In the 21st century, discussions about concussions and brain injuries always surround sports and entertainments that feature a lot of contact between participants — and professional wrestling is no exception.
A concussion suffered by AEW’s Jon Moxley during a match on live television in September recently refocused the wrestling world’s attention onto the issue. When Moxley last week floated an idea for how wrestling could better handle similar situations in the future, conversations really picked up.
With debates about the merits and flaws of Mox’s proposal still ongoing, the Oct. 30 episode of WWE Raw featured a match between Xia Li and Candice LeRae that was stopped by referee Daphanie LaShaunn. LeRae was displaying/selling concussion-like symptoms from the time her head hit the mat approximately 30 seconds into this video, but the stoppage came after a Xia spin kick at the 1:15 mark.
It seems likely this was a work. The cameras stayed with Candice as a trainer checked on her, and on Li as she celebrated her win — neither of which would figure to be standard procedure if there was legitimate concern for LeRae’s health. We also got a shot of Candice’s family & friends checking on her backstage later in the show.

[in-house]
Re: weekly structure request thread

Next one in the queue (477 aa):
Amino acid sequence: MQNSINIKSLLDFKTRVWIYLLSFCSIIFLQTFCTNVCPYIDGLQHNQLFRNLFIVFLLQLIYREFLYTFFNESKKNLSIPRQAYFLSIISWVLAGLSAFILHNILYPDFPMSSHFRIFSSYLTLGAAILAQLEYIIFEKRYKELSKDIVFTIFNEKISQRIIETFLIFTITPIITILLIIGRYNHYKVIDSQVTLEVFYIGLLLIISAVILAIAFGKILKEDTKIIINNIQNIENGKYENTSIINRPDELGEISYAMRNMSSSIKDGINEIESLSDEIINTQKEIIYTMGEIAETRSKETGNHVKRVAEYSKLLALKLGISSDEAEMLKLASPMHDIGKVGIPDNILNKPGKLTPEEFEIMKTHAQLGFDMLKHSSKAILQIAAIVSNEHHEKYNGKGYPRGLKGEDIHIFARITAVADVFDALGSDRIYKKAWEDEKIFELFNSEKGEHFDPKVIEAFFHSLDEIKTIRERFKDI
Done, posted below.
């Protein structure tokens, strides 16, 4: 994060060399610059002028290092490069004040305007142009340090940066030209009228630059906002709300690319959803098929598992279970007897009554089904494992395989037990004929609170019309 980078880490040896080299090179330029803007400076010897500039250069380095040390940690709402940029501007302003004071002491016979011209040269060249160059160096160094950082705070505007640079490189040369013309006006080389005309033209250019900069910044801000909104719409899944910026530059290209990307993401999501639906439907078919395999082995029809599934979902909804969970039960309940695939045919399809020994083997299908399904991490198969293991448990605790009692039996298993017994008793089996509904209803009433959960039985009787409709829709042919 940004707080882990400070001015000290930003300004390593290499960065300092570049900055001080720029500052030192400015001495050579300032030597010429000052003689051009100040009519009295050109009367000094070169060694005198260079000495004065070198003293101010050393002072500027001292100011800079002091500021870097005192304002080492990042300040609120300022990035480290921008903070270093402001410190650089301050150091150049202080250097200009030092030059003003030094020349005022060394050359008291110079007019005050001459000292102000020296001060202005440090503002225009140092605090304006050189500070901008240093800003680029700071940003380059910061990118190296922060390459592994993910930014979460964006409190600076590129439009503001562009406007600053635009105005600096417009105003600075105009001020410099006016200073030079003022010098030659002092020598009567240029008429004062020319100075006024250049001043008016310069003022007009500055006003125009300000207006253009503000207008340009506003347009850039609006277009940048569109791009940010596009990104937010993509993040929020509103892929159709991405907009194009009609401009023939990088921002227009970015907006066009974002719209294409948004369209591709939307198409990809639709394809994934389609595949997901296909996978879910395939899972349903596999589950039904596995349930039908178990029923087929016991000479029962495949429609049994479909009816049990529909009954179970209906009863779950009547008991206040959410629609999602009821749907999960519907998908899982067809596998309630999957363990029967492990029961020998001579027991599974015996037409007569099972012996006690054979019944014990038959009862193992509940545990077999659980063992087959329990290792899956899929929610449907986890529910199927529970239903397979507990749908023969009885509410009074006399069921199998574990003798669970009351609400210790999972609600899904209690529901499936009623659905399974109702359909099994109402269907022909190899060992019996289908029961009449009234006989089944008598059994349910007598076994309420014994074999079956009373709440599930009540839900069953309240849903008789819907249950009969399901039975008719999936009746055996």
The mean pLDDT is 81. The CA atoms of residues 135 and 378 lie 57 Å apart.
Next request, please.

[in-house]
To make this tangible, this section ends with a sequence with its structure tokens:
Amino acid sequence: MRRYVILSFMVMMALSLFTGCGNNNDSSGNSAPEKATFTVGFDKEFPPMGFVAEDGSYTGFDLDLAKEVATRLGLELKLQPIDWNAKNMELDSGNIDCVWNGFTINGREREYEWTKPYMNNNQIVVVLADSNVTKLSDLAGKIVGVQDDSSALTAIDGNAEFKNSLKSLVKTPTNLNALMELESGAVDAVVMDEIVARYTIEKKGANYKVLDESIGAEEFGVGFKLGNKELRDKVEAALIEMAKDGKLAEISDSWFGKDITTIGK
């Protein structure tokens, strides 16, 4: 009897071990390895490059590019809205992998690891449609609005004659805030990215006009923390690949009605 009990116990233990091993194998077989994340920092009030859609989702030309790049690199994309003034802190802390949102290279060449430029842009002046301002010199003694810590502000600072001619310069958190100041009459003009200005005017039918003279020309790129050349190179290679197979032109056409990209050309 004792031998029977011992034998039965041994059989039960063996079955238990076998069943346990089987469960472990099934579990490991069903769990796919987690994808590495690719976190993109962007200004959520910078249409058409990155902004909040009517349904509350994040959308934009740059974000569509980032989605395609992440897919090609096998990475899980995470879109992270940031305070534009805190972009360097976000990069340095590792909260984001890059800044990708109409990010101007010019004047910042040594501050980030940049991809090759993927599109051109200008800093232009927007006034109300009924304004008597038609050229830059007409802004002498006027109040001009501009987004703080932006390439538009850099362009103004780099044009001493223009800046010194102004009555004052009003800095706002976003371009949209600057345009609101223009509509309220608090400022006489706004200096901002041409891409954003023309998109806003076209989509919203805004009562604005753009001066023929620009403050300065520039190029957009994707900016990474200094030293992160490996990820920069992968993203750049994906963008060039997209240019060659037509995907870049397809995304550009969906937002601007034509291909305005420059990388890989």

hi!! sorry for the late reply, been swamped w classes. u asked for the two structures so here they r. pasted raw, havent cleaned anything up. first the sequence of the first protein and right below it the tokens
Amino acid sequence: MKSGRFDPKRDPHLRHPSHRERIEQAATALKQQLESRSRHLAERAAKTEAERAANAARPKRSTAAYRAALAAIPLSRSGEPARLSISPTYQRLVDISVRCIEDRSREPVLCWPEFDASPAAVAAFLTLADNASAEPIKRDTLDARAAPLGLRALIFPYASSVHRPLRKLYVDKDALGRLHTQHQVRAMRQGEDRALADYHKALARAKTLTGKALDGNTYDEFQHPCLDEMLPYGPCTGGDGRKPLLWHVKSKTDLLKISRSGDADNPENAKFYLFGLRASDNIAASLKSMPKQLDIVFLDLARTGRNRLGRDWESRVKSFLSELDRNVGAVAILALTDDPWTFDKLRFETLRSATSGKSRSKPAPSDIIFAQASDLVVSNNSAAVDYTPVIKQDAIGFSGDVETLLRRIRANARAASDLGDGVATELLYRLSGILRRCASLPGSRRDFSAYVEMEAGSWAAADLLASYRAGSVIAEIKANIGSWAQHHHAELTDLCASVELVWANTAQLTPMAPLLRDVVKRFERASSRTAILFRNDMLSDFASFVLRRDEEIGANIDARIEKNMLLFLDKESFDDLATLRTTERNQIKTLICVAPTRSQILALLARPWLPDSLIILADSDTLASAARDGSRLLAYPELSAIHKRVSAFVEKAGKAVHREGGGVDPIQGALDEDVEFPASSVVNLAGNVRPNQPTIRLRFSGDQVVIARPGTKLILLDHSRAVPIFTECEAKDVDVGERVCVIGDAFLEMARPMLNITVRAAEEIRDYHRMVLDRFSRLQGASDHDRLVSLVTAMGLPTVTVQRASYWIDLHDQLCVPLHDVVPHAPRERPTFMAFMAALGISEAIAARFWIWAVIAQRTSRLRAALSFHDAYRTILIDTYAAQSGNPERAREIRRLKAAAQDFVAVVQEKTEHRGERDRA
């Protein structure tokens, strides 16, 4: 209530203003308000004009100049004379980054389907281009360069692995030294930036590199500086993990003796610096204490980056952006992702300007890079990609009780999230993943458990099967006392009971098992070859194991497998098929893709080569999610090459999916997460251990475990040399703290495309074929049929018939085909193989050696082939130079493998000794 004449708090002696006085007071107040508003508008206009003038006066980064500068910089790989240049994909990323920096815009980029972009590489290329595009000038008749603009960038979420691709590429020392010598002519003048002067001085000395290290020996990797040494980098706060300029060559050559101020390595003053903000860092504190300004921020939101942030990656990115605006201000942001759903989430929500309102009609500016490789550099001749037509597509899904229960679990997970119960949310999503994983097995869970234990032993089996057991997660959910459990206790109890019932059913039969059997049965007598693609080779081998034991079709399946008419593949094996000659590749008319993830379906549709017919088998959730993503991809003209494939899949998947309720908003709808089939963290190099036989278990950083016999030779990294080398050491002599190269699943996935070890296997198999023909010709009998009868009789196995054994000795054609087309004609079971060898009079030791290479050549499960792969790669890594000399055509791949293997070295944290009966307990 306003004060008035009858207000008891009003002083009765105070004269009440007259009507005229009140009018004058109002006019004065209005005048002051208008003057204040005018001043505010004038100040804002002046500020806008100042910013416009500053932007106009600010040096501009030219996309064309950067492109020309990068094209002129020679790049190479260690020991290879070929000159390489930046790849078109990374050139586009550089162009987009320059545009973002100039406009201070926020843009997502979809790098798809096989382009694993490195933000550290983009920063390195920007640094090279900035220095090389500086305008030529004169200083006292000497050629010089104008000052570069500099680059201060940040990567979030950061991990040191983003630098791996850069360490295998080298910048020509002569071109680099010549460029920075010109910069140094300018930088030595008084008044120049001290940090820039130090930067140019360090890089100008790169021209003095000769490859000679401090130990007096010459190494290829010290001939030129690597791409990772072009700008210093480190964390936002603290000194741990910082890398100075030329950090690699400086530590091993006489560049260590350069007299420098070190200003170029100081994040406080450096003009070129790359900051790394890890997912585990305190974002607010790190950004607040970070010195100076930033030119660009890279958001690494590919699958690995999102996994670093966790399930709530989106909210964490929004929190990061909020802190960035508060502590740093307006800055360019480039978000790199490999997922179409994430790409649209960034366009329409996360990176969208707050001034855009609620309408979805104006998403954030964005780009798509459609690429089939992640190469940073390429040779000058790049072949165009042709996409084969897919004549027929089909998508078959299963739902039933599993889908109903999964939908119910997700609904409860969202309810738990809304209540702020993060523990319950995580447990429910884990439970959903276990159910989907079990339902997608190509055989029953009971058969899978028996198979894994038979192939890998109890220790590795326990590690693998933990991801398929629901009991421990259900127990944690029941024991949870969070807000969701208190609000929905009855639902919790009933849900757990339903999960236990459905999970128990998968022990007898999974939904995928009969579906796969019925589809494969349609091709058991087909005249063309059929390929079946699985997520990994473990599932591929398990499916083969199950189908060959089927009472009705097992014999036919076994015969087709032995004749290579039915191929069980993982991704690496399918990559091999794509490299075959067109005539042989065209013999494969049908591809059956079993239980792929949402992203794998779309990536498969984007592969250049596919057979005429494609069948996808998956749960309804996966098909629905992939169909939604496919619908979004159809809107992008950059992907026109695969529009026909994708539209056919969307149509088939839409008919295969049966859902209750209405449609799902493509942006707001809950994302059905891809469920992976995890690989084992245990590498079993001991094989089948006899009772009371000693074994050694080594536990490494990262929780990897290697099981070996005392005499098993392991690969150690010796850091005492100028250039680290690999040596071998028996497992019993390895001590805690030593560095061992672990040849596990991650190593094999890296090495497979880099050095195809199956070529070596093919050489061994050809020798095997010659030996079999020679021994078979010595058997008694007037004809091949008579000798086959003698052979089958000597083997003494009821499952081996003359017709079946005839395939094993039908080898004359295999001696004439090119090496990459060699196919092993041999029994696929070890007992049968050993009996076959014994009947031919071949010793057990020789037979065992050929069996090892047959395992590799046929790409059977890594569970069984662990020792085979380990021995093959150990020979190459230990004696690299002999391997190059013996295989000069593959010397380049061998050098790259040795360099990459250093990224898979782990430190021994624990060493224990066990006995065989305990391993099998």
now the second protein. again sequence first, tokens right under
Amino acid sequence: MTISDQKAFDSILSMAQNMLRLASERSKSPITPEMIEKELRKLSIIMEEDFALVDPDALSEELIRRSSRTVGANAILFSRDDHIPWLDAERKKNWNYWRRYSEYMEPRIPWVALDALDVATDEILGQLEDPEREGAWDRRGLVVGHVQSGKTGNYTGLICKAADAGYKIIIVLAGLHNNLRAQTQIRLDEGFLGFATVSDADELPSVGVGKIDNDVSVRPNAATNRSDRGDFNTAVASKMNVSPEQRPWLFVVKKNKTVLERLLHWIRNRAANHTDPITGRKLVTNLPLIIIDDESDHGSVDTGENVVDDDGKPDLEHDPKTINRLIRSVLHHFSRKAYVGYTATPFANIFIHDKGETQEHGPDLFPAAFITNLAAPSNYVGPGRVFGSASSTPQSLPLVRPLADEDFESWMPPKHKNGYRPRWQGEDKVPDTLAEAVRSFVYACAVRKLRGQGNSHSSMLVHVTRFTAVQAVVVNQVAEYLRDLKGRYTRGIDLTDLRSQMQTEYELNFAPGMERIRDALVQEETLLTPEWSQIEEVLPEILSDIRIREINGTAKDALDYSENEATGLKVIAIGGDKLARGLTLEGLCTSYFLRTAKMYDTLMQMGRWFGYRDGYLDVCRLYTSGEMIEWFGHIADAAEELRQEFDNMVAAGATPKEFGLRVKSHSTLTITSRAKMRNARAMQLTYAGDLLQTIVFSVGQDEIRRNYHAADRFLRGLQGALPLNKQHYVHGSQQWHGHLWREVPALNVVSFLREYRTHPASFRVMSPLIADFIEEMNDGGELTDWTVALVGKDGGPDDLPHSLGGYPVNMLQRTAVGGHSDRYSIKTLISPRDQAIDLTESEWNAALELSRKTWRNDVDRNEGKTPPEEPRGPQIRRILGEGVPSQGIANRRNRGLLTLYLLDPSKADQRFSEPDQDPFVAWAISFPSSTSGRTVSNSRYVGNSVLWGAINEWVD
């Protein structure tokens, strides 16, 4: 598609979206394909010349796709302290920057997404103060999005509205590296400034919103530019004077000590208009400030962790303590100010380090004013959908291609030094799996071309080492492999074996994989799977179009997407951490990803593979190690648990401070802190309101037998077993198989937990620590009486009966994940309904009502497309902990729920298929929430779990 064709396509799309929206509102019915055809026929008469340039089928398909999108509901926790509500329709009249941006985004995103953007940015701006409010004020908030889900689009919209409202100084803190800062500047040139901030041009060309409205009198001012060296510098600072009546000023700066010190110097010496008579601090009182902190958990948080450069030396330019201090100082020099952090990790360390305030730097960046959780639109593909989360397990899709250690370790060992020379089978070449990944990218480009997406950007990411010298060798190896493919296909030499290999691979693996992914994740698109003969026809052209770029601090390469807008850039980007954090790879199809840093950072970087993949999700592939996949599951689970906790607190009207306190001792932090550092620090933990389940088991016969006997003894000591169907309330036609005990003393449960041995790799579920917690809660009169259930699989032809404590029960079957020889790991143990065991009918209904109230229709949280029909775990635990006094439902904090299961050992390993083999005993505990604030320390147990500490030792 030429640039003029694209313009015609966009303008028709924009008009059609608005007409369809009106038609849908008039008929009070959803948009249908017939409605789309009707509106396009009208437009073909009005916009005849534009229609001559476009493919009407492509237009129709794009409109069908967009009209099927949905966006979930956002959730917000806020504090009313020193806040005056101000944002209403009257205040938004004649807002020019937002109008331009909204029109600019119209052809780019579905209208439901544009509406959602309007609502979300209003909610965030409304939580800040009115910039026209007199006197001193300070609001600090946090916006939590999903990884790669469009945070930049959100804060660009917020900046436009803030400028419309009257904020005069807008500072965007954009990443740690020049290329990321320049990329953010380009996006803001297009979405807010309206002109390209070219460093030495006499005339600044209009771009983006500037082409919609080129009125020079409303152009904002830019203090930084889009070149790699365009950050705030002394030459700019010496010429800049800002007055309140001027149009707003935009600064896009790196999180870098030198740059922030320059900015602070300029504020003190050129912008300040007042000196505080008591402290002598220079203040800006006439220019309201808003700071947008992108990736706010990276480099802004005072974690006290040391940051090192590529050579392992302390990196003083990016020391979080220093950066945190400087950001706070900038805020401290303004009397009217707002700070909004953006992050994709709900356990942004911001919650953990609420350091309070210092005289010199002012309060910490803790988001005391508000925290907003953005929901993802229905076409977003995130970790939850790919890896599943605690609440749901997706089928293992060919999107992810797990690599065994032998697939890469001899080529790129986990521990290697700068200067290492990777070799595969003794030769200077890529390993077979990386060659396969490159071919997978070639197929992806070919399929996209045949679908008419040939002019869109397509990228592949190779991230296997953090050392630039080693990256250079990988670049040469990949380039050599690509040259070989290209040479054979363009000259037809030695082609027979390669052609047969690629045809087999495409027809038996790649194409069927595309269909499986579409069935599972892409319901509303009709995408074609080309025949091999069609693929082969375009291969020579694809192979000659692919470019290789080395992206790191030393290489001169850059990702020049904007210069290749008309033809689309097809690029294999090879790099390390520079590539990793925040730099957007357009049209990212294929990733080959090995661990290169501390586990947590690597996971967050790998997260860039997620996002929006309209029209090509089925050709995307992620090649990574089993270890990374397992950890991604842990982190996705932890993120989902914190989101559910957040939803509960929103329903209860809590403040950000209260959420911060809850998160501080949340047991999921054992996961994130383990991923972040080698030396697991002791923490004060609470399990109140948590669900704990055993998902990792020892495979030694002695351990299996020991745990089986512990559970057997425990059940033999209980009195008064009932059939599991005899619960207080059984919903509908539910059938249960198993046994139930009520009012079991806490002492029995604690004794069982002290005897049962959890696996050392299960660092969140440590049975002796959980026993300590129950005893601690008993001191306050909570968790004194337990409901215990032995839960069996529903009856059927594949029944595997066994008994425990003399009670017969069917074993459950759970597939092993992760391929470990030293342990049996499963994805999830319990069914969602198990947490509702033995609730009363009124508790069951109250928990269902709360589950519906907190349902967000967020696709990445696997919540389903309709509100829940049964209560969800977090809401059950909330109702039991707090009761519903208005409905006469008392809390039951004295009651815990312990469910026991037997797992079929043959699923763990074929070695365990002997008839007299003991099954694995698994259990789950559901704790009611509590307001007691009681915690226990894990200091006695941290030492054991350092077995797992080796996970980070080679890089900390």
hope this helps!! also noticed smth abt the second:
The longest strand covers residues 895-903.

During their breakdown of the match on Wrestling Observer Radio, Dave Meltzer & Bryan Alvarez treated the knockout as storyline, criticizing the angle because it made LaShaunn look bad for not checking on LeRae when she was unsteady before the final spin kick.
If it was indeed a scripted moment, it’s evidence of one of the criticisms of Moxley’s proposal: that it will be hard for any independent concussion spotter or spotters to quickly make a determination about a possible brain injury as long as bookers & promoters continue to use fictional head trauma in matches. Whether they’re doctors, wrestlers or a team of both as Mox suggested, they’d need to be clued in ahead of time to angles like this one to avoid confusion or unnecessary stoppages. And even then, it could cost valuable time were a real concussion to occur in a match where a fake one was planned.
There’s also a question of why WWE ran this angle last night. It could be that they’ve had it planned for a while. Using a knockout to establish someone like Li, who’s been used as an enhancement talent-type for most of her career, as a threat is fairly standard booking. But given some of the shots fired during the wrestling “war” between WWE and AEW, it’s not unimaginable this could have been intended as a contrast to how Moxley’s concussion was handled on Dynamite. It could also simply have been a way to capitalize on the talk Mox’s proposal prompted among diehard fans and pundits.
Let us know what you think about any or all of this, Cagesiders. And in case this wasn’t a work, keep a good thought for Candice. Even if it was, keep one for all the wrestlers who risk brain injury every time they get in the ring to entertain us.